Alpha lipoic Acid

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This topic contains 6 replies, has 3 voices, and was last updated by  Michelle K 2 weeks, 2 days ago.

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  • #117120

    Michelle K
    Participant

    I have been doing some research on alpha lipoic acid for CIDP. Most of the posts I have come across on here are from many years ago like 2010. I was wondering if currently anyone is using this for their symptoms? I also was wondering if taking this if anyone knows if this could interfere with EMG or NCS? My husband was diagnosed with CIDP and is gradually getting worse, our insurance denied the Ivig treatments due to the EMG study not being abnormal so I think they will need to do it at a later date as his symptoms had only started aprox 2 weeks before she did the EMG. So we would be interested in starting this alpha lipoic acid but we don’t want it to interfere with the studies. Please if anyone knows please respond.

    #117121

    Jim-LA
    Participant

    Your husband may wish to consider a combination of Vitamin B12 (Methylcobalamin 5000MCG) and Alpha Lipoic Acid (1200MG – 1800MG) daily to help with peripheral neuropathy. These over-the-counter supplements have helped some who have suffered from GBS/CIDP and have few side effects.

    ALA was the subject of a CIDP Clinical trial started in 2015 being conducted by the University of Oregon. They haven’t posted any results yet. The clinical trial is here:
    https://clinicaltrials.gov/ct2/show/NCT00962429

    ALA was studied and reported on in this article:
    http://www.ncbi.nlm.nih.gov/pmc/articles/PMC2836194

    Not all ALA is alike and the one I researched and take is here:
    https://www.luckyvitamin.com/p-6120-now-foods-alpha-lipoic-acid-600-mg-120-vegetarian-capsules

    I’ve been taking ALA 1200MG per day along with B12 and it seems to help me. Others have reported a return of minor symptoms when they discontinued it, and symptoms went away when they restarted taking it.

    ALA could improve the results from a Nerve Conduction Velocity (NCV) test, but isn’t likely to.

    #117122

    Jim-LA
    Participant
    #117123

    Michelle K
    Participant

    Thank you Jim I appreciate the response. He is not able to take vit b12 as his levels were quite high from supplementing. He really wants to start taking them be if it could affect ncs we are leery as we know he needs the ivig right now. How long does it take for cidp to show up on emg and ncs?

    #117127

    Jim-LA
    Participant

    NCV

    An NCV is one of the ways of diagnosing CIDP. But an NCV test may not distinguish the disease in its early stages, there needs to be sufficient Axonal and/or Myelin damage before the NCV can detect it.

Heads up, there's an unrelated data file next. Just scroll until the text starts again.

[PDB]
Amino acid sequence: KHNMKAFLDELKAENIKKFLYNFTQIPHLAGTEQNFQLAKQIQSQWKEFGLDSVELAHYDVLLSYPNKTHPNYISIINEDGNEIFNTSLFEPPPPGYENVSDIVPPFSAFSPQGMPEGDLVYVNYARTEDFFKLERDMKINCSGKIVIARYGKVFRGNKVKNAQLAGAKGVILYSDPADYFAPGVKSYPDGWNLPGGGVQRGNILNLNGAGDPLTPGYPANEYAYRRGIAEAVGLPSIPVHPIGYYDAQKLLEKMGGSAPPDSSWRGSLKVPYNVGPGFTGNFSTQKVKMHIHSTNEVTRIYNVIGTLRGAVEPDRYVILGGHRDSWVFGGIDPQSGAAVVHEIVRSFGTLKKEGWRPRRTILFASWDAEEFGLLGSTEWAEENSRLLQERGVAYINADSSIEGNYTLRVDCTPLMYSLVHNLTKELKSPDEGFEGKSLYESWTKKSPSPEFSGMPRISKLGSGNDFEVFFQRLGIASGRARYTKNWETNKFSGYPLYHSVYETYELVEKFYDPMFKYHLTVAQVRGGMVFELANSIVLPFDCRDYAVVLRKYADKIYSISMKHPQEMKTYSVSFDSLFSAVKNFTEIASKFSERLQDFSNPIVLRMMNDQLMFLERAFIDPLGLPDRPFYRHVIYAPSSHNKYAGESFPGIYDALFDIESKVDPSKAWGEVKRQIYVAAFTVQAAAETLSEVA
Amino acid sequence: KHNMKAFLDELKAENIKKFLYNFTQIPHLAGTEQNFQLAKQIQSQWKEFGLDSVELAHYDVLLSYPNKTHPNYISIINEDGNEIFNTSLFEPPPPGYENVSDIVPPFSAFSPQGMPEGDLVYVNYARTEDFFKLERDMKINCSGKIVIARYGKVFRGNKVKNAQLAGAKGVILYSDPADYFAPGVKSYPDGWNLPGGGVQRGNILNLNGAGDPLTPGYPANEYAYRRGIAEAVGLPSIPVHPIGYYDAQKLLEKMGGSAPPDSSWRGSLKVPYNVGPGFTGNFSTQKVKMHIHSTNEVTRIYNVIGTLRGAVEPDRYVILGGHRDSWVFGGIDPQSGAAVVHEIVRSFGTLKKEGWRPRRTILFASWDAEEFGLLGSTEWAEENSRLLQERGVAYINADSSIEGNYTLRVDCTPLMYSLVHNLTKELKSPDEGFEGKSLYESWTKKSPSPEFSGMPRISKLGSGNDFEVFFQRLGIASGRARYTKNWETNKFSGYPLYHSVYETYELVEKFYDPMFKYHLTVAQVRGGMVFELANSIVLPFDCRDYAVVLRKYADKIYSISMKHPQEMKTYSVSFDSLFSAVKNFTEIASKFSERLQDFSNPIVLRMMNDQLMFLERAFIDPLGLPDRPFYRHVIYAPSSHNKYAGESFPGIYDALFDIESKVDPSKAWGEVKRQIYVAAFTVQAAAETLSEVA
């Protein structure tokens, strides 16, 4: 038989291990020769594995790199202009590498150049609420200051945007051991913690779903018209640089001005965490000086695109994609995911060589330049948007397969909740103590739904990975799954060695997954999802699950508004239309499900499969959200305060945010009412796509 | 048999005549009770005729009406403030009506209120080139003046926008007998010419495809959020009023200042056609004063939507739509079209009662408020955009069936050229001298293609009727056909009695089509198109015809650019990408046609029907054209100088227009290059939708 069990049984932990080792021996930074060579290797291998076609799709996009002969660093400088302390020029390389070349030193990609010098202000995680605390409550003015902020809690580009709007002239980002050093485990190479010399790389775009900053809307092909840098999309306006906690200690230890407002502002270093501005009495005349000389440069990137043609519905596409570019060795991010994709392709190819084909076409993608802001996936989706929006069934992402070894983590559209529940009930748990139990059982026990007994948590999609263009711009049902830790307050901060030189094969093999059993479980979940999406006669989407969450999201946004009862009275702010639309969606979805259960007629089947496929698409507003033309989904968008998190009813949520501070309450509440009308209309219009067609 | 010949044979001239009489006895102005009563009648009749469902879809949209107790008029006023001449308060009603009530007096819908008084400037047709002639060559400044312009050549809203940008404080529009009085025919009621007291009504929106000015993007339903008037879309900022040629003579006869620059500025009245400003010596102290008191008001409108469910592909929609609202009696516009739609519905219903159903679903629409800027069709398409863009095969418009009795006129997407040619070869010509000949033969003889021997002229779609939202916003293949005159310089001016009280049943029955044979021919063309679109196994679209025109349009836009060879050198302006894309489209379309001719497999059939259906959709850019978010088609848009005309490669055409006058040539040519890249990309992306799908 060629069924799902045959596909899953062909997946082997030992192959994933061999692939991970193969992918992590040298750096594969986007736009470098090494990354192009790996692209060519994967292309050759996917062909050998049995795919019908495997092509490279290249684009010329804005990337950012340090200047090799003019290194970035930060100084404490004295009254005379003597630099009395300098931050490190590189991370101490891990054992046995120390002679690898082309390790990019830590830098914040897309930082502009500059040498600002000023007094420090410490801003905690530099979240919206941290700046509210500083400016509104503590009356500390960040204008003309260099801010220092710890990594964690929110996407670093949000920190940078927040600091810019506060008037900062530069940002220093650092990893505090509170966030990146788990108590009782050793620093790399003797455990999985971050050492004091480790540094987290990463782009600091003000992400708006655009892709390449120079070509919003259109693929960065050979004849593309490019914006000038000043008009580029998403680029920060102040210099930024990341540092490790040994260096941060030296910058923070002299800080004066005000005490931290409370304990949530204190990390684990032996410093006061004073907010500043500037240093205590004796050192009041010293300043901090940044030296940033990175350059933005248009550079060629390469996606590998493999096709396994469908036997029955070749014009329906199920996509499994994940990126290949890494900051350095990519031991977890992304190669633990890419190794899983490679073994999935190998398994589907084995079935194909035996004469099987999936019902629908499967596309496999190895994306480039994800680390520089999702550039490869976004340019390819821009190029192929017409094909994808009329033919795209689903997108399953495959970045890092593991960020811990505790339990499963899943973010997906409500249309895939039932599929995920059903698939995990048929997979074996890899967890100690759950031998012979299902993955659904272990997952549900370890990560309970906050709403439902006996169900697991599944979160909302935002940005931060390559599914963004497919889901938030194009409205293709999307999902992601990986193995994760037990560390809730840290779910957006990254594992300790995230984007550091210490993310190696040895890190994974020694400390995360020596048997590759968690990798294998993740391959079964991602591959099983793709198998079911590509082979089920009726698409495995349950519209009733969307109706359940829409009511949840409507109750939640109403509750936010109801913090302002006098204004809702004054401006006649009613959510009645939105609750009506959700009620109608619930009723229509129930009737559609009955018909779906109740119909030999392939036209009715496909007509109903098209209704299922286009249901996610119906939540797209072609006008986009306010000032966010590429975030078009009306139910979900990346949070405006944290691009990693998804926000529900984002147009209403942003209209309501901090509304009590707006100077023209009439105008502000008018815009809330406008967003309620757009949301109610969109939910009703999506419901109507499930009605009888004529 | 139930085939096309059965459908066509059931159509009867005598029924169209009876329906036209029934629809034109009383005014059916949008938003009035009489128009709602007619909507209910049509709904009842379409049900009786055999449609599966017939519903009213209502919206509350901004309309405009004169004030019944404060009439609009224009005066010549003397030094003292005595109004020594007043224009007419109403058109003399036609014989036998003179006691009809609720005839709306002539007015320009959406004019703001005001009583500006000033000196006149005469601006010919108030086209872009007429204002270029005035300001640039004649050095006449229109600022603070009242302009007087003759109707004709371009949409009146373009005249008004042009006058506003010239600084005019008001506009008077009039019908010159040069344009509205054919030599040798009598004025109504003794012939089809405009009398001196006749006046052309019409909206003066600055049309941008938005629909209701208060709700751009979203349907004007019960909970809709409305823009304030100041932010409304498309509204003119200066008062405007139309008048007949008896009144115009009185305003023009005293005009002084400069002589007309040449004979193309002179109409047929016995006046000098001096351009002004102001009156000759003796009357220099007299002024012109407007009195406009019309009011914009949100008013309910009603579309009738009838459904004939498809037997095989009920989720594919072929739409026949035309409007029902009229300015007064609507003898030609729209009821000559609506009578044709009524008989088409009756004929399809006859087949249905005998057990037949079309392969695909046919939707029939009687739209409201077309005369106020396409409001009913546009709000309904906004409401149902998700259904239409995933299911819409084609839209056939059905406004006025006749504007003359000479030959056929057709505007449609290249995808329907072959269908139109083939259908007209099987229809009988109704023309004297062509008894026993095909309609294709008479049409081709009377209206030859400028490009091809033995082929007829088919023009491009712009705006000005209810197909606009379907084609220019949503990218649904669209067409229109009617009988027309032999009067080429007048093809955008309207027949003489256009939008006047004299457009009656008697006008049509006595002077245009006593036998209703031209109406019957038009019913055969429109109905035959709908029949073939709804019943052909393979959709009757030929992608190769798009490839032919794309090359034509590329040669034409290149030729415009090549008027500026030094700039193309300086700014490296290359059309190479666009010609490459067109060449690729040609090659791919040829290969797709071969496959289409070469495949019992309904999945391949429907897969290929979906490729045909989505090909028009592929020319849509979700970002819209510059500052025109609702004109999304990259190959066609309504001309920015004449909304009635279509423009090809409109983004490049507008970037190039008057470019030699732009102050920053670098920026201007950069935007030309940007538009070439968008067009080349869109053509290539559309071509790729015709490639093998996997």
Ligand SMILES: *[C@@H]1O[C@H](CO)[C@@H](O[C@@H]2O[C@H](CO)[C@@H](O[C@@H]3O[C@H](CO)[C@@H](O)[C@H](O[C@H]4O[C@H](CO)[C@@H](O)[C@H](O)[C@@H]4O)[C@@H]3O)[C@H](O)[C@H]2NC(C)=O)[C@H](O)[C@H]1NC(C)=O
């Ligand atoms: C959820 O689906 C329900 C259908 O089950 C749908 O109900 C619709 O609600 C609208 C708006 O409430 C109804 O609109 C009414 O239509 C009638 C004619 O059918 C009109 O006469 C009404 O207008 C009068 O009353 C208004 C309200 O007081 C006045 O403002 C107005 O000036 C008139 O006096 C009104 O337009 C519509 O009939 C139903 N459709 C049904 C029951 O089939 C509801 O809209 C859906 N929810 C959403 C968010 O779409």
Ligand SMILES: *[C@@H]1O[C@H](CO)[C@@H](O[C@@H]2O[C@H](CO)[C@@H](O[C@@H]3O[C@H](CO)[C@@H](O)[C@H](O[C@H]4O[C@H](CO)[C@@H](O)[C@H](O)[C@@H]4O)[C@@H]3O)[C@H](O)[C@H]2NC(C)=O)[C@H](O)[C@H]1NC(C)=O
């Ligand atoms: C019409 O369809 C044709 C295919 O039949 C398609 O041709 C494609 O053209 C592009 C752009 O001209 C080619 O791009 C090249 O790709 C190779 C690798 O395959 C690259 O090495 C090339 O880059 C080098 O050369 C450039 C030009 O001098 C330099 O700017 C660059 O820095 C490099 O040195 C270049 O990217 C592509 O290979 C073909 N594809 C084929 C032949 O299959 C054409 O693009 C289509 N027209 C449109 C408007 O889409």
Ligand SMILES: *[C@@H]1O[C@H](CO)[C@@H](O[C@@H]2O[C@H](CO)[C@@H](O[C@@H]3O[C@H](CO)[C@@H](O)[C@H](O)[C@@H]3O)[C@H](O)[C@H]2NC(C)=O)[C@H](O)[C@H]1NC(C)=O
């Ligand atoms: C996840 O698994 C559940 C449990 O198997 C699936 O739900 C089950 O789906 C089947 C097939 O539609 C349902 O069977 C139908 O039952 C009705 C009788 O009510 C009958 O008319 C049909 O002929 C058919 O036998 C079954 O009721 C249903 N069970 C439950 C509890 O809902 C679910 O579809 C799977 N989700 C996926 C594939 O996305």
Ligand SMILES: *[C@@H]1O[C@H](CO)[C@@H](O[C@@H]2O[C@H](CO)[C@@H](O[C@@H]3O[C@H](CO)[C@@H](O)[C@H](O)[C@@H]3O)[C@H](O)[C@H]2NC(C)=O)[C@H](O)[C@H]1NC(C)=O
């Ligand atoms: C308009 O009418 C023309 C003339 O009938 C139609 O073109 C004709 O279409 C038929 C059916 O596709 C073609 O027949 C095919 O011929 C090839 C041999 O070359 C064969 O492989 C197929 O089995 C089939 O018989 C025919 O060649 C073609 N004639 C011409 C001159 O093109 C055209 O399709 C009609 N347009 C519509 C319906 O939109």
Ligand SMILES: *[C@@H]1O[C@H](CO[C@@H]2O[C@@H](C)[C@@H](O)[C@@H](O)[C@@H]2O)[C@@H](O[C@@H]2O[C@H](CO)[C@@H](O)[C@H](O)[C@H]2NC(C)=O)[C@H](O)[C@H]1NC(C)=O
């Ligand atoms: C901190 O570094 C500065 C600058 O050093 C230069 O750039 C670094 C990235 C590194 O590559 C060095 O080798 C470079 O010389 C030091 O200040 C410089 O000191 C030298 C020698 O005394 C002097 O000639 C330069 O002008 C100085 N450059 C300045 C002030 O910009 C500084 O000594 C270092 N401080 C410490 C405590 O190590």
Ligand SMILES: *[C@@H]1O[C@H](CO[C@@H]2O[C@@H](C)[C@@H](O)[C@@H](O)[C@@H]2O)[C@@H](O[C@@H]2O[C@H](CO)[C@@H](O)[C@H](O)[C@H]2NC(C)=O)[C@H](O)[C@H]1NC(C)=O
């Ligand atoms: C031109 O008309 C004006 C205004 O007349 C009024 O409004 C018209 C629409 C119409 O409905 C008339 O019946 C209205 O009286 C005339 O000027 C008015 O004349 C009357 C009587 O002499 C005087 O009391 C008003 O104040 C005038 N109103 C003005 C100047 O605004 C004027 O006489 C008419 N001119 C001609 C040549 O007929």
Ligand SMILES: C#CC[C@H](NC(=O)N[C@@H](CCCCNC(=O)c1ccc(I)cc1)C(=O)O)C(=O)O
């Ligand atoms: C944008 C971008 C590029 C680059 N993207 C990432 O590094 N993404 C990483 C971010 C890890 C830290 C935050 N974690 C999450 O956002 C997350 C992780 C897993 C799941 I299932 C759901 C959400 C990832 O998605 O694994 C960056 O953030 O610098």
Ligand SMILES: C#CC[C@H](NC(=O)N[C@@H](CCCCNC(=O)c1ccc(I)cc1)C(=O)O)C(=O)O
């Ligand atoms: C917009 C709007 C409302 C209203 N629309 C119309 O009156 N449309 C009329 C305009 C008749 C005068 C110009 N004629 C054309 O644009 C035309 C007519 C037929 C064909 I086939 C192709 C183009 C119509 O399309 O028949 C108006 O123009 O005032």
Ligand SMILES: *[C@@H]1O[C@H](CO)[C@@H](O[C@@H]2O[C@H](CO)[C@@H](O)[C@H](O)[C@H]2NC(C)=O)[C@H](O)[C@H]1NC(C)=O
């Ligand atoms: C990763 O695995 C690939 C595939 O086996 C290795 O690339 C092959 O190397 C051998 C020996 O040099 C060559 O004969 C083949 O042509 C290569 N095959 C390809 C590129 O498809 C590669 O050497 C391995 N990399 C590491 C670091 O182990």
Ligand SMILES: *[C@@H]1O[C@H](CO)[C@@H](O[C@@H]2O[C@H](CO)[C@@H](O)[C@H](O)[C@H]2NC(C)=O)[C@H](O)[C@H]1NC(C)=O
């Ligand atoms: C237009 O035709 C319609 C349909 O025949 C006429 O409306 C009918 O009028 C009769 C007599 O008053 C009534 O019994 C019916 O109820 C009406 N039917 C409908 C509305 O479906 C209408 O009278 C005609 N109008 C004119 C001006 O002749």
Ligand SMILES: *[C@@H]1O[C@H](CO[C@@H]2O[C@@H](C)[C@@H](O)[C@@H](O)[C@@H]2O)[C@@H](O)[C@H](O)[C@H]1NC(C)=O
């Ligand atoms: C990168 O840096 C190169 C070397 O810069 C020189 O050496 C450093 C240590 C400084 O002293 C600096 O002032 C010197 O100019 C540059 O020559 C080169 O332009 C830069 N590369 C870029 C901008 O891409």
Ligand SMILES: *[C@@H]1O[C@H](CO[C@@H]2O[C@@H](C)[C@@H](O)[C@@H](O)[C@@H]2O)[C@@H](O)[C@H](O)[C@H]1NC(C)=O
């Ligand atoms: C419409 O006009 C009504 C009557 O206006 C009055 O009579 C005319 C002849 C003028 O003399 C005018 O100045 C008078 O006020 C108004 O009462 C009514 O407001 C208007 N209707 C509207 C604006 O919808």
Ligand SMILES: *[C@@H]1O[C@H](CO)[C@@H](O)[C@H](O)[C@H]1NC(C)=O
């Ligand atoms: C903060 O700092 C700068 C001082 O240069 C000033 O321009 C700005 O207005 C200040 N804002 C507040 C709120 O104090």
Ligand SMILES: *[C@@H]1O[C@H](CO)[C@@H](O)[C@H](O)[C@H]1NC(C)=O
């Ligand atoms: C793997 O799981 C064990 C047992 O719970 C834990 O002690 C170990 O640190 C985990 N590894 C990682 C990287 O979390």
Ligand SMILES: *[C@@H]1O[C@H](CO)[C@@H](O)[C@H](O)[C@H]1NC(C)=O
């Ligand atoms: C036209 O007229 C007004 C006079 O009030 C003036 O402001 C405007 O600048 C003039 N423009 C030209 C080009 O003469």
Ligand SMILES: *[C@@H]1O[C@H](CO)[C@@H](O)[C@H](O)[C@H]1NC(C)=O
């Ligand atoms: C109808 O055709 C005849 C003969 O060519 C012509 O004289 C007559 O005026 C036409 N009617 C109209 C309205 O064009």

Has your husband had a spinal tap to analyze cerebrospinal fluid for elevated protein levels?

    CIDP and its variants can be difficult to diagnose exactly. Even assessing the results of an NCV is a bit of an art and you need to have an experienced neurologist interpreting the results. Are you near a Center of Excellence?

    Usually, all the tests must be made to confirm the presence of CIDP. Neurologists that have specialized in treating CIDP know this and the signs to look for. You may wish to read and share the following publication with your doctor, it lists other diagnostic criteria for identifying the disease:
    https://tinyurl.com/mv7f2r7

    I have had all the tests mentioned accept a nerve biopsy, which, in my opinion, can be saved for last if needed at all.

    A Nerve Conduction Velocity Study (NCV or NCS) may be most beneficial in diagnosing CIDP/GBS.
    Conduction/velocity studies are tests that measure how well individual nerves can send an electrical signal from the spinal cord to the muscles. Nerve conduction studies are often used to help diagnose nerve disorders, such as carpal tunnel syndrome or Guillain-Barré syndrome.

    During a nerve conduction test, a health professional places a shock-emitting electrode directly over the nerve to be studied, and a recording electrode over the muscles supplied by that nerve. The shock-emitting electrode sends repeated, brief electrical pulses to the nerve, and the recording electrode records the time it takes for the muscle to contract in response to the electrical pulse.

    Diagnostic uses for nerve conduction studies include:
    • Detecting and evaluating damage to the peripheral nervous system, which includes all the nerves that lead away from the brain and spinal cord and the smaller nerves that branch out from those nerves.
    • Identifying the cause of abnormal sensations, such as numbness, tingling, or pain.

    The electrodes often penetrate the skin and can be briefly painful. Sometimes I had a little bleeding following being poked. If one is on blood thinners (Coumadin, etc.) the technician needs to be made aware of it. Ask your doctor if you can take a pain reliever (Tylenol, etc.) in advance of the study to minimize discomfort. Wear loose fitting clothing; you may be given a hospital gown to wear anyway. Since electrodes will be placed on your skin, make sure the surface is clean and free of lotions and oils that might interfere with results. Ice the area after the tests to help reduce any discomfort.

    You may wish to get a second NCV test interpreted by a neurologist experienced with GBS/CIDP.

    #117129

    cer100
    Participant

    I am already taking the B12 1000mcg. Had a neuro suggest the alpha lipoic acid and had another neuromuscular spefialist say it would not help. Still considering but have not started it.

    #117132

    Michelle K
    Participant

    Jim,
    Yes he had a spinal tap a couple weeks ago and it was elevated 174.

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